Occupy the ghost estates

Ghost estate in Dundalk, where 1,600 households are waiting for housing

by Shan Van Vocht

While thousands of families languish on housing waiting lists in the south of Ireland large chunks of new housing estates lay unoccupied because ‘developers’ can’t sell them at a big profit or because the developers have gone bust in the financial meltdown.  This is a classic example of how capitalism doesn’t work.  Despite all the propaganda about how well the market works, the reality is that the market is just a thing – it cannot consciously match up needs and resources in order to maximise positive outcomes for the majority of the population.

The Republican Network for Unity has drawn attention to the situation in Dundalk, where 1,600 households are on the housing waiting list.  RNU activists in the town have pasted up posters on a local ghost estate.  The posters ask why there are so many people on the housing waiting list, while the short article on their site notes: “Republican Network for Unity states clearly that housing is a universal right, governments can take over unoccupied properties and make them available for local families if the will is there.”

Good on the comrades for their postering campaign and drawing attention to this obscenity.  However, no government – local or 26-county wide – that is committed to maintaining capitalism is going to infringe on the property rights of capitalists, and certainly not of ‘developers’, a section of capitalists with especially strong and personal links to the dominant two parties in the south since the 1930s.  So why use expressions such as “if the will is there”?

Moreover, why call on the local council to occupy the properties?  Wouldn’t it better to take a leaf out of the book of the northern civil rights movement of the 1960s and organise direct occupations of these empty houses?  Working class people doing things for themselves is always better than trying to get some establishment body to do the business.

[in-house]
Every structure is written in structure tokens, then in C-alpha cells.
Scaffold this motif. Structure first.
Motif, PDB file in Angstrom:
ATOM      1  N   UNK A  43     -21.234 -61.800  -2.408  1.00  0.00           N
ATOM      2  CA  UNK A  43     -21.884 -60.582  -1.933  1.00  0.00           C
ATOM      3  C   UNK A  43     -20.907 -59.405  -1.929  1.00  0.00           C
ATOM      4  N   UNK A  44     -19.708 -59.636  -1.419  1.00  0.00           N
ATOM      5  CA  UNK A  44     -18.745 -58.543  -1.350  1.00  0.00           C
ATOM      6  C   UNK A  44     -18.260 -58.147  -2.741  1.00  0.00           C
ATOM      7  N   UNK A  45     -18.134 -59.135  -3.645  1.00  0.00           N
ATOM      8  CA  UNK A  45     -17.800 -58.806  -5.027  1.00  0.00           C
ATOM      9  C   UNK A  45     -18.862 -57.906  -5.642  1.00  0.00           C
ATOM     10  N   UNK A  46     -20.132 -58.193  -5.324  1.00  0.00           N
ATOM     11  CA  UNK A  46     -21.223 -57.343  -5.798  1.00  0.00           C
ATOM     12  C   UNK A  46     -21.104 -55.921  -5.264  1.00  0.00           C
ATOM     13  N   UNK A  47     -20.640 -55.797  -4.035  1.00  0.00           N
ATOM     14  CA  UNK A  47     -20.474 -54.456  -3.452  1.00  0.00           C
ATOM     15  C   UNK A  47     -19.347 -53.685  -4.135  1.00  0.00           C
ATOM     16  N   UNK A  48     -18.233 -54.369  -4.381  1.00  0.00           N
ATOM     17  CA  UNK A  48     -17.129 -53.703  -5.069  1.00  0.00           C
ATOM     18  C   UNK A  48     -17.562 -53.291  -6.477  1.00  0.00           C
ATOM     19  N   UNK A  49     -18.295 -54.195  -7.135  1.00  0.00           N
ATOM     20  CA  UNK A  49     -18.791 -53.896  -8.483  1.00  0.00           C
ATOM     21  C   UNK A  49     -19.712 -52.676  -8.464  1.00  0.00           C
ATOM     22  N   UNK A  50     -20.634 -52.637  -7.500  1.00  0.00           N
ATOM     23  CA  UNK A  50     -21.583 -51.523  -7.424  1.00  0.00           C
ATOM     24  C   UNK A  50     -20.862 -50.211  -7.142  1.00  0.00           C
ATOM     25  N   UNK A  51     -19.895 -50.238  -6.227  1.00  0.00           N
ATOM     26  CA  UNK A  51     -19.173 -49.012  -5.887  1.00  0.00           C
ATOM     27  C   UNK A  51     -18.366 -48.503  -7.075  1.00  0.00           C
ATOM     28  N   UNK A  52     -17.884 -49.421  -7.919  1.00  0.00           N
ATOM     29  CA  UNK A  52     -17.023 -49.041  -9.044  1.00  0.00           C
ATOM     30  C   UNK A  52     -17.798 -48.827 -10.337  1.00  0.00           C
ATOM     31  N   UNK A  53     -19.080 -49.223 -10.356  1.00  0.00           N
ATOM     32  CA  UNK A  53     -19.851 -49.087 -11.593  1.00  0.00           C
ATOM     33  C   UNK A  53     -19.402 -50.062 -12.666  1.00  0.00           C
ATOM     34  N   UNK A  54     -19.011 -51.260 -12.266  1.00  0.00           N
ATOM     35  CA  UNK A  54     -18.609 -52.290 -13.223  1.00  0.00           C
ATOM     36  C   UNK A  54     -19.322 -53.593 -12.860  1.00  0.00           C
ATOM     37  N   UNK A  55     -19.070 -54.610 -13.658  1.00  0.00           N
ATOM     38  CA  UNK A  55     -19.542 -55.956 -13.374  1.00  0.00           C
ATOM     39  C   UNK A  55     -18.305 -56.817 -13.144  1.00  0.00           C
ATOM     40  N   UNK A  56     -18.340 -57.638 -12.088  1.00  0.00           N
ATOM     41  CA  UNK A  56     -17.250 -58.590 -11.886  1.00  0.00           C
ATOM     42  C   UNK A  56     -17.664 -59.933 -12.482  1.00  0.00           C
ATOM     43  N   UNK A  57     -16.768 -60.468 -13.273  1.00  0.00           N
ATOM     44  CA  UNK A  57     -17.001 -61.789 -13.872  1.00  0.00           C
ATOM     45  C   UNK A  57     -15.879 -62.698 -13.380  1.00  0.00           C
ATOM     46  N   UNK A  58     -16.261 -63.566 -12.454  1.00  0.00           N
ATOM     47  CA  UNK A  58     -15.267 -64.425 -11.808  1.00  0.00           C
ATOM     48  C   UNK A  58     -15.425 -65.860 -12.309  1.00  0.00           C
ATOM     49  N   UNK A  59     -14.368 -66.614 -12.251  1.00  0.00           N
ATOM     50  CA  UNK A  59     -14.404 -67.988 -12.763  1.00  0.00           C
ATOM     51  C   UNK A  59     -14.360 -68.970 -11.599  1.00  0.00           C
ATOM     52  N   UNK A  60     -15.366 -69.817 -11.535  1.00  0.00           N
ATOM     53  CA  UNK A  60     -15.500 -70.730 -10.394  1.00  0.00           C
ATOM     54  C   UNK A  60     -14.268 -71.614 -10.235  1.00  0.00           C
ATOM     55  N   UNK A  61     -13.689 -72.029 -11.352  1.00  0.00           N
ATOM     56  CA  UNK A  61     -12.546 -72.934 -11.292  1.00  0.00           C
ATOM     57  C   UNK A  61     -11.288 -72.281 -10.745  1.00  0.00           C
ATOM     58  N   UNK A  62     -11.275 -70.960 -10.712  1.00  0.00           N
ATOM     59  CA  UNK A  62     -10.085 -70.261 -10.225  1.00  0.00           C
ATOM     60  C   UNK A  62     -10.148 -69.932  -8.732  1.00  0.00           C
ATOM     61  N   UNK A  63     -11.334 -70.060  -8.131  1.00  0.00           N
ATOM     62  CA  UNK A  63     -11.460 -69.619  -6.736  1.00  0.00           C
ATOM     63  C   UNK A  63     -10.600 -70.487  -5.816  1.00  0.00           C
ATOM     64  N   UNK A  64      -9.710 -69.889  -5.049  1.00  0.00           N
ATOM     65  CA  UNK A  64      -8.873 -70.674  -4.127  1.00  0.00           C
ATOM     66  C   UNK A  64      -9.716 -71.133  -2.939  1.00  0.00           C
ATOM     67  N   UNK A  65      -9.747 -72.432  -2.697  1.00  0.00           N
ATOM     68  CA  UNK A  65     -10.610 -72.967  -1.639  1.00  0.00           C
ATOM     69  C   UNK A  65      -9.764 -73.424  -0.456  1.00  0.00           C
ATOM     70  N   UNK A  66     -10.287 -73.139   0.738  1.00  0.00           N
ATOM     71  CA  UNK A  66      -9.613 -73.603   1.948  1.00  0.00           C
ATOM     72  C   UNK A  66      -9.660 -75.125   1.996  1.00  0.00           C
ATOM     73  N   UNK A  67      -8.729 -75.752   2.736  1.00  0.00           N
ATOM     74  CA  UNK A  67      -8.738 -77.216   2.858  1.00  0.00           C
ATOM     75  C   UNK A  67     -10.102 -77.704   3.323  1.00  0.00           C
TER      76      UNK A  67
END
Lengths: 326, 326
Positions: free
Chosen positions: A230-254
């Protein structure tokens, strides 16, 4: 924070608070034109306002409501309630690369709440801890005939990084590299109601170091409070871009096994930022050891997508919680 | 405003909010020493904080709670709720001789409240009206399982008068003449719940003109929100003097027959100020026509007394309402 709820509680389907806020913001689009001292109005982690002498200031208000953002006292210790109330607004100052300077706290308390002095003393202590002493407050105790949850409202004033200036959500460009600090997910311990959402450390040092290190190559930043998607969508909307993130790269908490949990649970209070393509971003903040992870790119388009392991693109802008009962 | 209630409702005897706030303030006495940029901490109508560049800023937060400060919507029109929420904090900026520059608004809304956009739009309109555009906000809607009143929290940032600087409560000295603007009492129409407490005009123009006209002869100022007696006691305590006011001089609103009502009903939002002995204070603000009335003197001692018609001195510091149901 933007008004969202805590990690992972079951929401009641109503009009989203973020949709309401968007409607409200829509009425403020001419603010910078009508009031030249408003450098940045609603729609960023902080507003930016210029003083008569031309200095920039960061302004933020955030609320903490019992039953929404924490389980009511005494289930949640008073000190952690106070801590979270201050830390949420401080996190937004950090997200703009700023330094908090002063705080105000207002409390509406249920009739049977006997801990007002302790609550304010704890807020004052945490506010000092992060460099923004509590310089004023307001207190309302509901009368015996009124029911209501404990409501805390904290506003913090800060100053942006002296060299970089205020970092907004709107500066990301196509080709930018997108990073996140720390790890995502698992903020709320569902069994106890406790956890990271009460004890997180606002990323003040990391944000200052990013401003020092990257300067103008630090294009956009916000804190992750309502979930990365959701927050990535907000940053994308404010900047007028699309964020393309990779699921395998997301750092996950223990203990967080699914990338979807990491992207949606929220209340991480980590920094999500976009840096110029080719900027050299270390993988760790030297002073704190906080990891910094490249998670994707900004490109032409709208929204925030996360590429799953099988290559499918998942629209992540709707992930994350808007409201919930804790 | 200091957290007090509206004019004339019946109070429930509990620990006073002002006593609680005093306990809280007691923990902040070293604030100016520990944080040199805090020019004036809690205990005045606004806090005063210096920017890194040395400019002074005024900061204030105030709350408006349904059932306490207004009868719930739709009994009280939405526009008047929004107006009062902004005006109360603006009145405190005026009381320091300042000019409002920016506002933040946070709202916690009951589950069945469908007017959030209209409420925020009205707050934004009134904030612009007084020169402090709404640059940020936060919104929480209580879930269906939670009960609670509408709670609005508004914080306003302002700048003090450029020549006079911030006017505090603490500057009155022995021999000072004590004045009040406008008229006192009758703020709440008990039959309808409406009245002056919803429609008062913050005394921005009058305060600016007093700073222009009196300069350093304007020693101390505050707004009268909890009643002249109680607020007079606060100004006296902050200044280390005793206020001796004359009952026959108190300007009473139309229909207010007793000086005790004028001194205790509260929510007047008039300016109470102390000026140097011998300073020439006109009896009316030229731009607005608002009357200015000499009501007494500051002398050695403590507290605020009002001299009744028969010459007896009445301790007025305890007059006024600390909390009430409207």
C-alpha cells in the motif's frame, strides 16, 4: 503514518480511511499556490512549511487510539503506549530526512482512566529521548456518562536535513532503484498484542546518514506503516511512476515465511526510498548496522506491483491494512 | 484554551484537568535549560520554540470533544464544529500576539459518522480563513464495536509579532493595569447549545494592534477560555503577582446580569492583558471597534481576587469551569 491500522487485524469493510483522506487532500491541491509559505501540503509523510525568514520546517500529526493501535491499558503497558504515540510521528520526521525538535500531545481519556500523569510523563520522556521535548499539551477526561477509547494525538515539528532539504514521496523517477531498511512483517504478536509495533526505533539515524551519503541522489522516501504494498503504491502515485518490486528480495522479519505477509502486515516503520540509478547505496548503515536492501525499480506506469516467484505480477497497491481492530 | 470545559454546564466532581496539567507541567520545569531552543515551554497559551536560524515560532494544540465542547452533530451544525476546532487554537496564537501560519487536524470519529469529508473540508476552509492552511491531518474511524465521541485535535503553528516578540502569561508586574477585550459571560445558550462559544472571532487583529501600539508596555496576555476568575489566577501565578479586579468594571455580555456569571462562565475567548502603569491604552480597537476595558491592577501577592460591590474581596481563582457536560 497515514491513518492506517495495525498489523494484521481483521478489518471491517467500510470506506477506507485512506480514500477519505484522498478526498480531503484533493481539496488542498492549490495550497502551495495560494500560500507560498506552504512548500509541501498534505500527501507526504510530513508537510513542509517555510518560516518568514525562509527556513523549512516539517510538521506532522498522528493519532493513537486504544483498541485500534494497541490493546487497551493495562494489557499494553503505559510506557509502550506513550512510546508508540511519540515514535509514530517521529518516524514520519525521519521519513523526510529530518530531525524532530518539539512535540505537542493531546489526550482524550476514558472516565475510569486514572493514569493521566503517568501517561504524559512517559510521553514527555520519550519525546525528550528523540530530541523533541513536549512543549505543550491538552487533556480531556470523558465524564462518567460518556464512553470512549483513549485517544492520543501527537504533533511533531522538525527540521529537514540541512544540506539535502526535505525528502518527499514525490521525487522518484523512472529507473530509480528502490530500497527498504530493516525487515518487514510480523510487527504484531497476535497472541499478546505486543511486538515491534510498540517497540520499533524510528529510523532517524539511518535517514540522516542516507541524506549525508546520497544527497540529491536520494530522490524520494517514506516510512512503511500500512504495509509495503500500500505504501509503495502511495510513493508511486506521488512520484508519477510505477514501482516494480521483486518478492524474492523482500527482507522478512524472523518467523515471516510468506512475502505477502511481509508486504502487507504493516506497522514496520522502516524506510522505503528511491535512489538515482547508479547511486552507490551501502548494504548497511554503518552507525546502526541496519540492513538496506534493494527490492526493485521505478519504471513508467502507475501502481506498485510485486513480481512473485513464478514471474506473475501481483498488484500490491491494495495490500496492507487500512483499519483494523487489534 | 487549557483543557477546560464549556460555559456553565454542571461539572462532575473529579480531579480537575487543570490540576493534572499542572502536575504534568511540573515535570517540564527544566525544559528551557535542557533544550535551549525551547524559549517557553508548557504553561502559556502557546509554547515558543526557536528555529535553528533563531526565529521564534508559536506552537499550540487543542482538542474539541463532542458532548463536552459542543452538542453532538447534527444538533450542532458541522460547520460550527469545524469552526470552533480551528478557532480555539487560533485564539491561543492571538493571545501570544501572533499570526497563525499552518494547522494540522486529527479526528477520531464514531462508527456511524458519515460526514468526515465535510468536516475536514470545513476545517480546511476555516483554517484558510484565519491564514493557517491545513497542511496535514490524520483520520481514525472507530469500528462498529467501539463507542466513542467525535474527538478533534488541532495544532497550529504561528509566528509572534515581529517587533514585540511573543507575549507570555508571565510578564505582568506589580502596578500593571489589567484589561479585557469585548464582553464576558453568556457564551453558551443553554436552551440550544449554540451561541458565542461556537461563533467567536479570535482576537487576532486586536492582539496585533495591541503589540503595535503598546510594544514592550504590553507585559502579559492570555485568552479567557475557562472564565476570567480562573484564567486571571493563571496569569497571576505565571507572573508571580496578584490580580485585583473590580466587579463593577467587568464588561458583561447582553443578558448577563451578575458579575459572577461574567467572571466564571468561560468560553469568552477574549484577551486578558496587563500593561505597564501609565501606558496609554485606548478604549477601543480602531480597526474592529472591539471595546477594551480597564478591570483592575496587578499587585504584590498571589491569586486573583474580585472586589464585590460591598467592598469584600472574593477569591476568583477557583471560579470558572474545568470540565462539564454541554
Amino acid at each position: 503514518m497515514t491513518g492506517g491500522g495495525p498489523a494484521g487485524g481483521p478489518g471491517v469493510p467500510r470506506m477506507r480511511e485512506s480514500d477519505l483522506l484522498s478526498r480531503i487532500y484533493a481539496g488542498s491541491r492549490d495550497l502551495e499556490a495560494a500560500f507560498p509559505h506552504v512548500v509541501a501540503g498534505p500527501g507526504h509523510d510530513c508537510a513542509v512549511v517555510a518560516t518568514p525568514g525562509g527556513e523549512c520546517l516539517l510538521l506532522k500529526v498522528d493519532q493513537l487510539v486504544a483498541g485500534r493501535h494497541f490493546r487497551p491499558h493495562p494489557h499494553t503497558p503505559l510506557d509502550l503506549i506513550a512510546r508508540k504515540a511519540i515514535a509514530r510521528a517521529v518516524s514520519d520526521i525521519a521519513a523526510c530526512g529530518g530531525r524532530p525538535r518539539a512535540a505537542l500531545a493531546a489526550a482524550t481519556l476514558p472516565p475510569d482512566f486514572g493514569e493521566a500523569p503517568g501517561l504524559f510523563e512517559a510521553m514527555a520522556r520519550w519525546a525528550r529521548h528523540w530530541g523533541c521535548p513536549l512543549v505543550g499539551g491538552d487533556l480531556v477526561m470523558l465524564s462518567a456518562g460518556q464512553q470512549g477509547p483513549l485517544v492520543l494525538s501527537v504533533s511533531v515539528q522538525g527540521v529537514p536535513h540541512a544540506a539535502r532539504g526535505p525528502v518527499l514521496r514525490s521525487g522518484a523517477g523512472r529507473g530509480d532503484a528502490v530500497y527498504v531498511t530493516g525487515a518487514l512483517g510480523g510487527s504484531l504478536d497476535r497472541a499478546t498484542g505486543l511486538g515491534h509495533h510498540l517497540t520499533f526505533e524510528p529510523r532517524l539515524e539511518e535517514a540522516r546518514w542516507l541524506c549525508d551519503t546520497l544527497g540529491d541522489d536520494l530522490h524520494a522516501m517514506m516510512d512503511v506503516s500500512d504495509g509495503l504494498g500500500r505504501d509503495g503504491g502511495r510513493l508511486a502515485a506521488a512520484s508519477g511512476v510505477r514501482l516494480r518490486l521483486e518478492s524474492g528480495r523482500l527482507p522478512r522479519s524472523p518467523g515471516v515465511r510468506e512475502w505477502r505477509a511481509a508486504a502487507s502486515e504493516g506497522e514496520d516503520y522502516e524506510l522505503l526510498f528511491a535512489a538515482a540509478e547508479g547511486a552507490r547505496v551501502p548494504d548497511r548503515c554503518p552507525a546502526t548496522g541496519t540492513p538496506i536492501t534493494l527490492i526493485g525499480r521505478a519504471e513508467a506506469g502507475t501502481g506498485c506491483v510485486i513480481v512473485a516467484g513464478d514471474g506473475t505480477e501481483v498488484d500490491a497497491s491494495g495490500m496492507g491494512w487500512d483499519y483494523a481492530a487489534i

One of the great weaknesses of the old Provo politics was substitutionism.  The Army substituted for the masses (and, logically enough, the Army Council often substituted for the Army). Socialist-republicans from the Provo tradition have got to ensure that thinking isn’t simply replaced by a civilian version of the same thing, whereby a local council is substituted for the masses taking action on their own behalf.

Across the south, how about a housing action campaign in which all the socialist-republican groups co-operate to mobilise working class people to take possession of the ghost estates – and the swanky ghost holiday houses for that matter?  While the situation in the six counties is somewhat different, there’s no shortage of unoccupied dwelling space there either, so housing action and occupations could be an all-Ireland campaign.


Posted on September 18, 2012, in 21st century republicanism and socialism, éirígí, Civil rights movement, Economy and workers' resistance, Irish politics today, IRSP, Political education and theory, Republican Network for Unity, Social conditions, twenty-six counties. Bookmark the permalink. Comments Off on Occupy the ghost estates.

Comments are closed.

%d bloggers like this: